34. 34. Co-Branding • Popular Milo Marathon in Philippines – Continues to have strong brand association. • Promotional efforts are shared by the Milo marathon and Nestle to bring greater attention to the branded event. • Sales at Nestle Philippines have grown at 4% for the last 10 years.
  35. 35. Scale Measures for Smarties Animation Appealing Modern Creative
  36. 36. Levels of Brand Hierarchy Company Brand Level Family Brand Level Individual Brand Level Modifier Level Product Descriptor es/range.aspx Nestle Pet Care
  37. 37. Any Questions?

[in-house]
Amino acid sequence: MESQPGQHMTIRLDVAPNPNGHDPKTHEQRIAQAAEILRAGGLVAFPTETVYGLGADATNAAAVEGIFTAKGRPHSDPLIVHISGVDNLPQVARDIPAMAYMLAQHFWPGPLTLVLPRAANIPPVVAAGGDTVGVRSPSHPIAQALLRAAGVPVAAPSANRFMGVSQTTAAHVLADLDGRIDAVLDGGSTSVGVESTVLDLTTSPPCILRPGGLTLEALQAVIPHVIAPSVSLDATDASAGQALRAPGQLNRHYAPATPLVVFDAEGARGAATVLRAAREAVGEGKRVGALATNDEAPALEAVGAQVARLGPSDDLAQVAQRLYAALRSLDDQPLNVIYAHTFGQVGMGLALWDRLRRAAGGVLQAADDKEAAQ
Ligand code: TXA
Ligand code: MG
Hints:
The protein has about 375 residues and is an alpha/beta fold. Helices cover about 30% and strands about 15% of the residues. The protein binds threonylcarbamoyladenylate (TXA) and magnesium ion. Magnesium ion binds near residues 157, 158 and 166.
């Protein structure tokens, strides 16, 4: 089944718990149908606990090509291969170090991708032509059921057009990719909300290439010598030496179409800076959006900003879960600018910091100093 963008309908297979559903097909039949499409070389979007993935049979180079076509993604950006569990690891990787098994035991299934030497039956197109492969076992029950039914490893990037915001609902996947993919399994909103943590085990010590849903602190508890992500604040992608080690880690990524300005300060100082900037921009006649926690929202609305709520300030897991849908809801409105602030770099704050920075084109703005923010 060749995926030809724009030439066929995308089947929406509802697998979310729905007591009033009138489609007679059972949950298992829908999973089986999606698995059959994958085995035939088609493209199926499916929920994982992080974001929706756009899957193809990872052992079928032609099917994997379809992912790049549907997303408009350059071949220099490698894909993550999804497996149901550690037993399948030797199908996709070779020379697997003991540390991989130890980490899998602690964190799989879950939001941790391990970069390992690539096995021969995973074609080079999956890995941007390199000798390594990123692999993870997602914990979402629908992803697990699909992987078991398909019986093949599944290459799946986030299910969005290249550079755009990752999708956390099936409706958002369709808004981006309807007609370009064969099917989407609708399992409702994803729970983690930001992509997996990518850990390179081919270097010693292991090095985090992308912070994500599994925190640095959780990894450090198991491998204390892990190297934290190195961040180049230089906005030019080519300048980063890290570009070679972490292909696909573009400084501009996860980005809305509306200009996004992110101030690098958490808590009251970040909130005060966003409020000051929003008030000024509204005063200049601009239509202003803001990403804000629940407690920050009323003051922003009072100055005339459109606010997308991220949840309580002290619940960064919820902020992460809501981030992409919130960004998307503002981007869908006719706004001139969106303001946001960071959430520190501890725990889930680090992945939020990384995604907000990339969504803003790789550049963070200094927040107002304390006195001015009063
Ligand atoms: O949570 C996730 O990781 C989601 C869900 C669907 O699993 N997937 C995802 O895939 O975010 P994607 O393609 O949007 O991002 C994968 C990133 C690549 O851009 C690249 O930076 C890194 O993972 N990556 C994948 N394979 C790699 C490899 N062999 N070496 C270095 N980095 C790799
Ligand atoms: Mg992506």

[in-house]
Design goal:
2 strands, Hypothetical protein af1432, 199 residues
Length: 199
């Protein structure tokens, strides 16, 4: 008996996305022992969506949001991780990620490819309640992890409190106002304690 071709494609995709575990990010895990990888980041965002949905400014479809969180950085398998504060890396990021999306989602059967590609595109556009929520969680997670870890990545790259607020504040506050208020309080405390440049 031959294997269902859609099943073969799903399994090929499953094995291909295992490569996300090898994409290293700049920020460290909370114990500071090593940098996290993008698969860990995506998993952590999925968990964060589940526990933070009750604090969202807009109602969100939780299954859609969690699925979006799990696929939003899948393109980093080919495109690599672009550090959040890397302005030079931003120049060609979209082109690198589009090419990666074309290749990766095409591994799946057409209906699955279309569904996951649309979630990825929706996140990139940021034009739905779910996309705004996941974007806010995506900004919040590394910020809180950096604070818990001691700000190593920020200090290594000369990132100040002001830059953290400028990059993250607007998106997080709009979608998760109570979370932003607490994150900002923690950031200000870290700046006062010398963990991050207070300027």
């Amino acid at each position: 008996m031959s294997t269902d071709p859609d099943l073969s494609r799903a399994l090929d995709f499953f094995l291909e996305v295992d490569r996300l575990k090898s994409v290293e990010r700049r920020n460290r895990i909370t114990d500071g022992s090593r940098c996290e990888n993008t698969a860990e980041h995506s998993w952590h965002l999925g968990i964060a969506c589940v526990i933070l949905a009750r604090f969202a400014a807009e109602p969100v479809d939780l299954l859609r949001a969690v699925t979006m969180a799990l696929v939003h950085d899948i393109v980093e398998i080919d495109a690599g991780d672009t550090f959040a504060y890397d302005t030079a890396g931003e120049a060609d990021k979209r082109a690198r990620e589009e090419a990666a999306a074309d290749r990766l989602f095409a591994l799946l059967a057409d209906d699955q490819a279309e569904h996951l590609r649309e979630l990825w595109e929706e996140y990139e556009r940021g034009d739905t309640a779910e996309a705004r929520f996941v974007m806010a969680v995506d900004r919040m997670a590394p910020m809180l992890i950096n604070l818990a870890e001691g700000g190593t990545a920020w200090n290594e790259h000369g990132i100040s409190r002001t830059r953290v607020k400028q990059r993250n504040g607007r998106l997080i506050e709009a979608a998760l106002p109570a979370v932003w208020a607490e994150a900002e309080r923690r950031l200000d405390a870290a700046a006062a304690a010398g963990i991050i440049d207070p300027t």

38. 38. Bibliography • Aaker, D., Joachimstaler, E, (2000) The Brand Relationship Spectrum: The Key to The Brand Architecture Challenge, California Management Review, Vol42, Issue 4. • Askew, K. (2014) In the spotlight: Nestle looks to combine nutrition, premiumisation, http://www.just- [Last Accessed 9th March 2015] • Eisenberg, N., Strayer, J. (1987) Critical Issues in the Study of Empathy, in Empathy and Its Development, Cambridge University Press, Cambridge. • Harris, F. (2001) Corporate Branding and Corporate Brand Performance, European Journal of Marketing, Issue 4. • K. L, Keller. (2001) Building Customer – Based Brand Equity: A Blueprint For Creating Strong Brands. Marketing Science Institute. 1(2), pp.1- 7. • Keller, K. (2003) Brand Synthesis: Multidimensionality of Brand Knowledge, Journal of Consumer Research, Vol. 29. • Laforet, S. (2014) Managing brand portfolios: audit of leading grocery supplier brands 2004 to 2012, Journal of Strategic Marketing, Vol. 23, Issue 1. • Reichheld, F. & P. Schefter (2000) ‘E-Loyalty: Your Secret Weapon on the Web’, Harvard Business Review, July-August, 105-113 • Reponen, T. (2000) Management expertise for the new millennium, Turko School of Economics, Turko. • Schultz, M. (2003) Bringing the corporation into corporate branding, European Journal of Marketing, Vol. 37, Issue 2. • Singh, J. , Kalafatis, S. , Ledden , L., (2014) "Consumer perceptions of cobrands: the role of brand positioning strategies", Marketing Intelligence & Planning, Vol. 32 Iss: 2 • Wright, C. (2014) Nestlé Playing Emerging Markets Through Western Blue Chips, [Last Accessed 9th March 2015]